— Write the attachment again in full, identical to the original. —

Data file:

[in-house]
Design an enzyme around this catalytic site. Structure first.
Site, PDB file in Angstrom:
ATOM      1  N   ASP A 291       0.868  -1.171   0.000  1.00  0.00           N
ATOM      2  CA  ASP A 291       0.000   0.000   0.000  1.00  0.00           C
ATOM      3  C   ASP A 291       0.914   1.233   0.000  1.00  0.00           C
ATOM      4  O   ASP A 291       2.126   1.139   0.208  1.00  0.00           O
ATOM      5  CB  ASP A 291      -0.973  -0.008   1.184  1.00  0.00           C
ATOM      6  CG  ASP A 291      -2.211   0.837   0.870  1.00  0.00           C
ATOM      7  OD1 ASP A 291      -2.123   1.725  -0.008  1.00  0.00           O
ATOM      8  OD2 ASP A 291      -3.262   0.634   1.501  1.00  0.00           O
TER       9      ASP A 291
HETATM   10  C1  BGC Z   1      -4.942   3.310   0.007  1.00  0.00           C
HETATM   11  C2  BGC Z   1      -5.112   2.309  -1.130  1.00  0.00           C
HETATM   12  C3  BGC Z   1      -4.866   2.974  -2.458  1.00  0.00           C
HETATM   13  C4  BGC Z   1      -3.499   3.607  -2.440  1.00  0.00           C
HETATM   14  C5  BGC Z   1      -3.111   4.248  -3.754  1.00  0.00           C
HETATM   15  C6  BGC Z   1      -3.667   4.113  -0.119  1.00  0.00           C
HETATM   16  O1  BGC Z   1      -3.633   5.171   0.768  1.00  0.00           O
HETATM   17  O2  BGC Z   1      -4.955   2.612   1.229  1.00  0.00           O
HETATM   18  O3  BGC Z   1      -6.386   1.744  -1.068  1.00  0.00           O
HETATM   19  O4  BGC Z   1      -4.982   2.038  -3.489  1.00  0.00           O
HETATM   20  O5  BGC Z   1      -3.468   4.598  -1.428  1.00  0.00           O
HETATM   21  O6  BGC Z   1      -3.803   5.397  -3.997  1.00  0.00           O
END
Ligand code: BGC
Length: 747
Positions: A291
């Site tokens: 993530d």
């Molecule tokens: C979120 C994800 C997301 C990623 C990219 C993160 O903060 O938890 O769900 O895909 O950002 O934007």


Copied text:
[in-house]
Design an enzyme around this catalytic site. Structure first.
Site, PDB file in Angstrom:
ATOM      1  N   ASP A 291       0.868  -1.171   0.000  1.00  0.00           N
ATOM      2  CA  ASP A 291       0.000   0.000   0.000  1.00  0.00           C
ATOM      3  C   ASP A 291       0.914   1.233   0.000  1.00  0.00           C
ATOM      4  O   ASP A 291       2.126   1.139   0.208  1.00  0.00           O
ATOM      5  CB  ASP A 291      -0.973  -0.008   1.184  1.00  0.00           C
ATOM      6  CG  ASP A 291      -2.211   0.837   0.870  1.00  0.00           C
ATOM      7  OD1 ASP A 291      -2.123   1.725  -0.008  1.00  0.00           O
ATOM      8  OD2 ASP A 291      -3.262   0.634   1.501  1.00  0.00           O
TER       9      ASP A 291
HETATM   10  C1  BGC Z   1      -4.942   3.310   0.007  1.00  0.00           C
HETATM   11  C2  BGC Z   1      -5.112   2.309  -1.130  1.00  0.00           C
HETATM   12  C3  BGC Z   1      -4.866   2.974  -2.458  1.00  0.00           C
HETATM   13  C4  BGC Z   1      -3.499   3.607  -2.440  1.00  0.00           C
HETATM   14  C5  BGC Z   1      -3.111   4.248  -3.754  1.00  0.00           C
HETATM   15  C6  BGC Z   1      -3.667   4.113  -0.119  1.00  0.00           C
HETATM   16  O1  BGC Z   1      -3.633   5.171   0.768  1.00  0.00           O
HETATM   17  O2  BGC Z   1      -4.955   2.612   1.229  1.00  0.00           O
HETATM   18  O3  BGC Z   1      -6.386   1.744  -1.068  1.00  0.00           O
HETATM   19  O4  BGC Z   1      -4.982   2.038  -3.489  1.00  0.00           O
HETATM   20  O5  BGC Z   1      -3.468   4.598  -1.428  1.00  0.00           O
HETATM   21  O6  BGC Z   1      -3.803   5.397  -3.997  1.00  0.00           O
END
Ligand code: BGC
Length: 747
Positions: A291
């Site tokens: 993530d």
């Molecule tokens: C979120 C994800 C997301 C990623 C990219 C993160 O903060 O938890 O769900 O895909 O950002 O934007």